For the most part, clinical knowledge is tested by the medical board exams. Assessment of knowledge about treatment interventions are common questions. Primarily, three different treatment aspects can be tested:
- Details about specific treatment interventions
- Treatments of disease variants and in particular populations
- Treatment algorithms
This post focuses on treatment algorithms. Treatment algorithms are the ordering of treatment interventions, ranking them from the first-line treatments followed by second-, third-, and fourth-line treatments, eventually ending at the last-line treatments at a certain level.
On the exam, questions sometimes present a case vignette in which the patient should be prescribed a first-line treatment intervention, AND a first-line treatment is an option available in the response options.
Such a question is considerably easier, as it only tests knowledge about first-line treatments. Two scenarios exist for which such questions are appropriate for the board exam: One, for rare disorders because you are not expected to have more than basic knowledge regarding clinical management. And two, for common disorders which are usually treated by a physician from a different specialty; the expectation is that in your specialty you should know only the basics of the disorder’s presentation, diagnostic tools, and management. For example: an anesthesia-related condition being tested on the internal or family medicine boards, or an emergency medicine disorder being tested on anesthesia boards.
Another type of question on the board exams can present a clinical case vignette that tests knowledge regarding treatment interventions at lower levels of the algorithm like second, third, fourth, or further down the stages. There are two ways to structure such types of questions:
The first way is to clearly describe in the vignette that the patient is NOT suitable for first-line treatment. For example, the case vignette may state that the patient is allergic to a specific first-line treatment drug, has a history of poorly responding to first-line treatment, or had a severe adverse reaction to a prior trial of a first-line treatment. Hence, you have been given a reason in the vignette to look for treatment interventions other than the first line treatments from the options available.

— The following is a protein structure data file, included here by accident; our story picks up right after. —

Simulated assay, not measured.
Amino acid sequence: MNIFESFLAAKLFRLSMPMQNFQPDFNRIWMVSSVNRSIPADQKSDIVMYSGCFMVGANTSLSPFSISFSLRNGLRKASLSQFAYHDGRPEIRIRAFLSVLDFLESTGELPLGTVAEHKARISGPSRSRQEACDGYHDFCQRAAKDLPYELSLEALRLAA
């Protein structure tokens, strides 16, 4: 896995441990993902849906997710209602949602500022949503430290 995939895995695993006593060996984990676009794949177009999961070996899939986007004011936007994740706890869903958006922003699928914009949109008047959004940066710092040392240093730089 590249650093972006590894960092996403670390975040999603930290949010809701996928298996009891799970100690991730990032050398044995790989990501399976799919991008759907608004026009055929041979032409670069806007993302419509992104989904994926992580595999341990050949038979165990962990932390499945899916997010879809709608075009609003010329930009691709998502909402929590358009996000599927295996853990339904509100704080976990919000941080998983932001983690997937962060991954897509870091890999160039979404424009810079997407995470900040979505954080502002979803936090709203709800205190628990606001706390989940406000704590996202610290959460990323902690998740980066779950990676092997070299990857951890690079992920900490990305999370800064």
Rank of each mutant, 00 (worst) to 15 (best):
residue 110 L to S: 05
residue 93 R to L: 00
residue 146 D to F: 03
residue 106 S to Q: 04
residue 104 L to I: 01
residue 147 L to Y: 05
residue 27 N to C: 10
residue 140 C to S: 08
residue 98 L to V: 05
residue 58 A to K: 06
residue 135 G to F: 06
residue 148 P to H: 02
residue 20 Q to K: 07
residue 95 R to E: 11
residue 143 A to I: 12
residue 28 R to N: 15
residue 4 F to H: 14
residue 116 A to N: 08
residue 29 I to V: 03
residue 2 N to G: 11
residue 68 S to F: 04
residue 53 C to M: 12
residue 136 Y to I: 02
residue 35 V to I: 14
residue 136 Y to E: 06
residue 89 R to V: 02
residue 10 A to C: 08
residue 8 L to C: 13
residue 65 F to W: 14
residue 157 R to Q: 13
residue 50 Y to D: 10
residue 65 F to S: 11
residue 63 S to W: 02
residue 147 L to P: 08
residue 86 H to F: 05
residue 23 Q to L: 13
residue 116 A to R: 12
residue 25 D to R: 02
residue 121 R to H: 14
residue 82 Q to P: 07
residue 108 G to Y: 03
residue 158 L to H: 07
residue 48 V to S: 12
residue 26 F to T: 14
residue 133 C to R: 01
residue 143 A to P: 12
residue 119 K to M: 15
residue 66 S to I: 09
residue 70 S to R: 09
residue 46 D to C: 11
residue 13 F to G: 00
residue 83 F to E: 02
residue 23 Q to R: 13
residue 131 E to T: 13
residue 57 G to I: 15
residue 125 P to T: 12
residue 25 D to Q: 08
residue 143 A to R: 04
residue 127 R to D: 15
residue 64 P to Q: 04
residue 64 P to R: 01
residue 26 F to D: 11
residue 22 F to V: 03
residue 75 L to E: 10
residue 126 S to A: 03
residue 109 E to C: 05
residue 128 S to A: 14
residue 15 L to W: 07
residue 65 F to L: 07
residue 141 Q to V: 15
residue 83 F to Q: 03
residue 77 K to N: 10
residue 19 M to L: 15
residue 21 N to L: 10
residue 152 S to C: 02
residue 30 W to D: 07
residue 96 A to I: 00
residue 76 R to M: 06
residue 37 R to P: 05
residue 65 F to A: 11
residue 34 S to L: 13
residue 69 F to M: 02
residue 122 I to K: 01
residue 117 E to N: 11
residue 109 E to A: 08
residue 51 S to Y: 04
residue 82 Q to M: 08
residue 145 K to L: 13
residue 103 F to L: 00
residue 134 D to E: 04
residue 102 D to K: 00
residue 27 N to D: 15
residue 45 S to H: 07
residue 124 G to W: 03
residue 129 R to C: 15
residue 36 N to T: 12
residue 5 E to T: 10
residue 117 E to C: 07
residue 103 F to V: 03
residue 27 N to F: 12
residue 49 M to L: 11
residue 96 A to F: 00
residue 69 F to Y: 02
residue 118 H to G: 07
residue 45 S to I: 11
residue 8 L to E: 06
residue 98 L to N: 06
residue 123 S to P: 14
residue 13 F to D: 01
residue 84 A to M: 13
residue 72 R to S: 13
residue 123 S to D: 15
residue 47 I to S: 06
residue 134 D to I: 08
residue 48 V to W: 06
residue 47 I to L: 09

The second approach is to force you to choose an option with a second-line or lower treatment intervention by not providing a first-line treatment intervention in the response options. The question vignette presents a straightforward case in which the patient should be prescribed first-line treatment, but since the response options do not include a first-line treatment intervention, you are forced to choose the most appropriate option from the available ones.
Example Exam Question from Anesthesia
Question: A 25-year-old woman is admitted for an elective cesarean section. After the perioperative assessment, she is taken into the operative room for the induction of anesthesia. The anesthetist is unable to intubate the patient for ventilation. Which of the following is the next appropriate step in the management of this patient?
- Bag and Mask Ventilation
- Laryngeal Mask Ventilation
- Proceed with regional anesthesia
- Fiber-optic intubation
In the case of unanticipated failed intubation, the first-line intervention is to use the bag and mask ventilation (BMV) with cricoid pressure if needed. If BMV is not adequate, then laryngeal mask ventilation (LMV) can be used. Further, if LMV is unable to ventilate the patient adequately, a cricothyrotomy can be performed for ventilation before proceeding for cesarean section. When the anesthetist fails to intubate the patient on the first attempt, and first-line intervention with BMV is adequate, the anesthetist should scan monitors for SpO2, heart rate, and blood pressure, call for a skilled person to help, call for a difficult airway cart, and should inform the obstetrician before attempting to intubate the patient again. If the second attempt also fails, BMV along with cricoid pressure should be used. If BMV is adequately ventilating the patient, the anesthetist should then proceed with regional anesthesia in case of an elective cesarean section or use fiberoptic intubation in case of a cesarean section due to a maternal emergency.